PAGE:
Sony Hack's Scope Gets Much, Much Worse

The Sony Pictures Entertainment attack that shut down its corporate network before Thanksgiving would appear to be much more broad-ranging than originally thought—and is believed to have been caused by a destructive wiper dubbed Destover.

It’s also believed that North Korea is behind the incident, in retaliation for the release of the comedy The Interview, which features Seth Rogan and James Franco as hapless journalists recruited by the CIA to assassinate North Korean leader Kim Jong-un. Pyongyang has called the film “an act of war.”

Sony chiefs Michael Lynton and Amy Pascal have sent an email to employees noting that the company was still examining the full extent of the attack, which resulted in the leaking of upcoming movies like Fury and Annie online, as well as the lifting of various corporate data. It also wiped out data on a swath of its network.

“It is now apparent that a large amount of confidential Sony Pictures Entertainment data has been stolen by the cyber attackers, including personnel information and business documents,” Lynton and Pascal said in the memo, which a source provided to Infosecurity. “This is the result of a brazen attack on our company, our employees and our business partners. This theft of Sony materials and the release of employee and other information are malicious criminal acts, and we are working closely with law enforcement.”

In addition to the intellectual property, employees could find their confidential data exposed. “While we are not yet sure of the full scope of information that the attackers have or might release, we unfortunately have to ask you to assume that information about you in the possession of the company might be in their possession. While we would hope that common decency might prevent disclosure, we of course cannot assume that.”

In the meantime, the FBI has issued a Flash warning about Destover, which is firmly aimed at sabotage: the Trojan has droppers that install and run EldoS RawDisk drivers to evade NTFS security permissions and overwrite disk data and the master boot record (MBR) itself.

It also contains configuration files created on systems using Korean language packs, and the FBI urged businesses to remain vigilant against the destructive malware in the wake of the Sony incident, suggesting a link between the two (this has yet to be verified).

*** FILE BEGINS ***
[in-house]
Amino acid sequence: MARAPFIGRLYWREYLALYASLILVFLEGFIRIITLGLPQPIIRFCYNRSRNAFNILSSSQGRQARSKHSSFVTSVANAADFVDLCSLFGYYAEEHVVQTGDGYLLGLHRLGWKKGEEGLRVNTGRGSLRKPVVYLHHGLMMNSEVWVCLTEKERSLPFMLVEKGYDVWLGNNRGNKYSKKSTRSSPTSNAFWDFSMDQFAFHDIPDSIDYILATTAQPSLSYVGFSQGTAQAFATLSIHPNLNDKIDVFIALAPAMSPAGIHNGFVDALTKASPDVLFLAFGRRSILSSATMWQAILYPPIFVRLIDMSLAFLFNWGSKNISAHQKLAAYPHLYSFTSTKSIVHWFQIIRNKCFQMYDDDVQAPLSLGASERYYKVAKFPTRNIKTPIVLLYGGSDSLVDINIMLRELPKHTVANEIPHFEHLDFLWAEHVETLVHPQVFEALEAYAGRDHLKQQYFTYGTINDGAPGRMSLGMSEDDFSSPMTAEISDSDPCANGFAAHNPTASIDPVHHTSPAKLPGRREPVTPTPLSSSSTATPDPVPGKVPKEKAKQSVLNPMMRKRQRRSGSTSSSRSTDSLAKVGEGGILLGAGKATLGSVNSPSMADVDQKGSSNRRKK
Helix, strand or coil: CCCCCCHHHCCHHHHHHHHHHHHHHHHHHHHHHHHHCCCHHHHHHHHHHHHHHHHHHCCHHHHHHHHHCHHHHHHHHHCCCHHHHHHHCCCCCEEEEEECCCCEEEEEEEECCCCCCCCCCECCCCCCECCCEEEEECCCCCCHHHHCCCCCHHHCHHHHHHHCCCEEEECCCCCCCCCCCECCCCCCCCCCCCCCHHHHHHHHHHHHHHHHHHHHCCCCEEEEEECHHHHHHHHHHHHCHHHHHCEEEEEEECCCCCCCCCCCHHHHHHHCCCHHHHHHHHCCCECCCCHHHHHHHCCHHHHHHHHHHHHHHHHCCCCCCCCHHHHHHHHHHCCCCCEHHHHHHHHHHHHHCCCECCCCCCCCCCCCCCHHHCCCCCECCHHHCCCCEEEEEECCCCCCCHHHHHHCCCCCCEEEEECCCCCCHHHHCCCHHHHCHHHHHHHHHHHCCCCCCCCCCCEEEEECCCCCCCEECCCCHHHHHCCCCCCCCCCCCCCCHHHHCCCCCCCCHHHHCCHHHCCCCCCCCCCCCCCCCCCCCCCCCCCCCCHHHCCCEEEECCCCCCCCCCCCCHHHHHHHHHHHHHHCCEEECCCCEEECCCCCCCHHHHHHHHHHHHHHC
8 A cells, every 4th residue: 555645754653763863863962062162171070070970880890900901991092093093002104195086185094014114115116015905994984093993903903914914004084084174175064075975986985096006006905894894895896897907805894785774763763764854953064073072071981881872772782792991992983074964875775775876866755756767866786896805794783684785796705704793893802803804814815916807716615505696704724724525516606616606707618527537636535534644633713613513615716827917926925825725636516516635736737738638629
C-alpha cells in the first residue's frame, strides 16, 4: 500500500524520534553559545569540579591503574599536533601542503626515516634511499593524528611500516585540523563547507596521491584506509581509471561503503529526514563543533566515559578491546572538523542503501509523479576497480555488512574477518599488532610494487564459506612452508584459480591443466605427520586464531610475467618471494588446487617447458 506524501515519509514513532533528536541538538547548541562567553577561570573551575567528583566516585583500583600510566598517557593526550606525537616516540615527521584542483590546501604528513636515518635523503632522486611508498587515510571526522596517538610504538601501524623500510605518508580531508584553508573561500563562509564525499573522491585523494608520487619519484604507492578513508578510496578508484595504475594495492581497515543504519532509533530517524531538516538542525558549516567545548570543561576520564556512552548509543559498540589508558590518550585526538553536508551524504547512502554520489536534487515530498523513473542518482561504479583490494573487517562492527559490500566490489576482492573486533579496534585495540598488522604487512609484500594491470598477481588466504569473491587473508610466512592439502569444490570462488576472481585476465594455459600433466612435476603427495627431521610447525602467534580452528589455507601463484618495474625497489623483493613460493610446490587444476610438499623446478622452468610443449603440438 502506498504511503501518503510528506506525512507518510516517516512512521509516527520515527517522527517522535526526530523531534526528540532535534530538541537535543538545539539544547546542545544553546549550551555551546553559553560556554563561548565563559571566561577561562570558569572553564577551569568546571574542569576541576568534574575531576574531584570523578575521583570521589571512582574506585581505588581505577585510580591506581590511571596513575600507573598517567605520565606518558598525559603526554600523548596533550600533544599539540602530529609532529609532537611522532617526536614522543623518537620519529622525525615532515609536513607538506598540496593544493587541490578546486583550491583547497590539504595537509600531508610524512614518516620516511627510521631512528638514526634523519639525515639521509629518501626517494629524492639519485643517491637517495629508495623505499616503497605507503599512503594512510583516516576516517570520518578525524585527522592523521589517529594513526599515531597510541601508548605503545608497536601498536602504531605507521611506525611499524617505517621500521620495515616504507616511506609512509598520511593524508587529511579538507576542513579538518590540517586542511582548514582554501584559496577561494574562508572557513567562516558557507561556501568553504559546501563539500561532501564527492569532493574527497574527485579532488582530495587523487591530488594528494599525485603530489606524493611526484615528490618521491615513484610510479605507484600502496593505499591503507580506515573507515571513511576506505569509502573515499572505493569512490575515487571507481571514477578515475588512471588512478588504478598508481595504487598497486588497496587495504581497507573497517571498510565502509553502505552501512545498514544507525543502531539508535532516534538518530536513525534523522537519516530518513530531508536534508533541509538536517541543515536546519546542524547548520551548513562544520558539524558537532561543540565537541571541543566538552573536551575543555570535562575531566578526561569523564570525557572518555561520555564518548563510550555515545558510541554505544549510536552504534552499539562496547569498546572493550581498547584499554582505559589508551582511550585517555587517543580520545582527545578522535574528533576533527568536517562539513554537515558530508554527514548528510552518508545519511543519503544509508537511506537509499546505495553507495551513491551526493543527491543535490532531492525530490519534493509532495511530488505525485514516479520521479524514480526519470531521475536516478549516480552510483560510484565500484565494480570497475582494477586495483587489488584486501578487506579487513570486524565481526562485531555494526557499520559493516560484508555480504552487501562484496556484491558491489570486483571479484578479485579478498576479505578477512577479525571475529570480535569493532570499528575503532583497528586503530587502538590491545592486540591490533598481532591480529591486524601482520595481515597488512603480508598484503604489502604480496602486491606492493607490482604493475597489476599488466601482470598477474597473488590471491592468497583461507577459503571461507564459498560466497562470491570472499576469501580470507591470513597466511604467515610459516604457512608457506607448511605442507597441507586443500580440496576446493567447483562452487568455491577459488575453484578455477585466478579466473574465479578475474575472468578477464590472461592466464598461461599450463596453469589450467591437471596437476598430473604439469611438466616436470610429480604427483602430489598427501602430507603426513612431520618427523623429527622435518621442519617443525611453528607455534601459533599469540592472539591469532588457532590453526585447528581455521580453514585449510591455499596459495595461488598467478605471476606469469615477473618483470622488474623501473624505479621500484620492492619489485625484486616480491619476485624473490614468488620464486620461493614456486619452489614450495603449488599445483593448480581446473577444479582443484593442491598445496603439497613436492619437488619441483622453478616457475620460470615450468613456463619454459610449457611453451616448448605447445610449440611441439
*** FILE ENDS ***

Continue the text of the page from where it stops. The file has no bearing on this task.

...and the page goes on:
In any event, the bug’s methods could lead to permanent data loss.

“There are implications for data recovery in this,” said Kaspersky researcher Kurt Baumgartner, in an analysis. “In the case of the DarkSeoul malware, the overwritten data could be restored using a method similar to the restoration of the Shamoon 'destroyed' data. Destover data recovery is likely to be the same.”

Destover appears to share some DNA with previous wiper bugs, like Shamoon, which targeted Saudi oil production: its progression for instance follows multiple stages, with capabilities set to run in several modes. Also like Shamoon, its wiper drivers are commercially available EldoS RawDisk driver files, which are maintained in the droppers' resource section.

Also, like Shamoon and the DarkSeoul wiper event (also believed to be authored by North Korea), Destover uses vague, encoded psuedo-political messages used to overwrite disk data and the MBR. And like DarkSeoul, the Destover wiper executables were compiled somewhere between 48 hours prior to the attack and the actual day of attack.

“It is highly unlikely that the attackers spear-phished their way into large numbers of users, and highly likely that they had gained unfettered access to the entire network prior to the attack,” Baumgartner said.

In all three cases: Shamoon, DarkSeoul and Destover, the groups claiming credit for their destructive impact across entire large networks had no history or real identity of their own. 

“All attempted to disappear following their act, did not make clear statements but did make bizarre and roundabout accusations of criminal conduct, and instigated their destructive acts immediately after a politically-charged event that was suggested as having been at the heart of the matter,” the researcher added, noting that while none of this definitively proves that Destover is from the same authors as the other two, it does have all of the characteristics of nation-state-sponsored attacks of the past.

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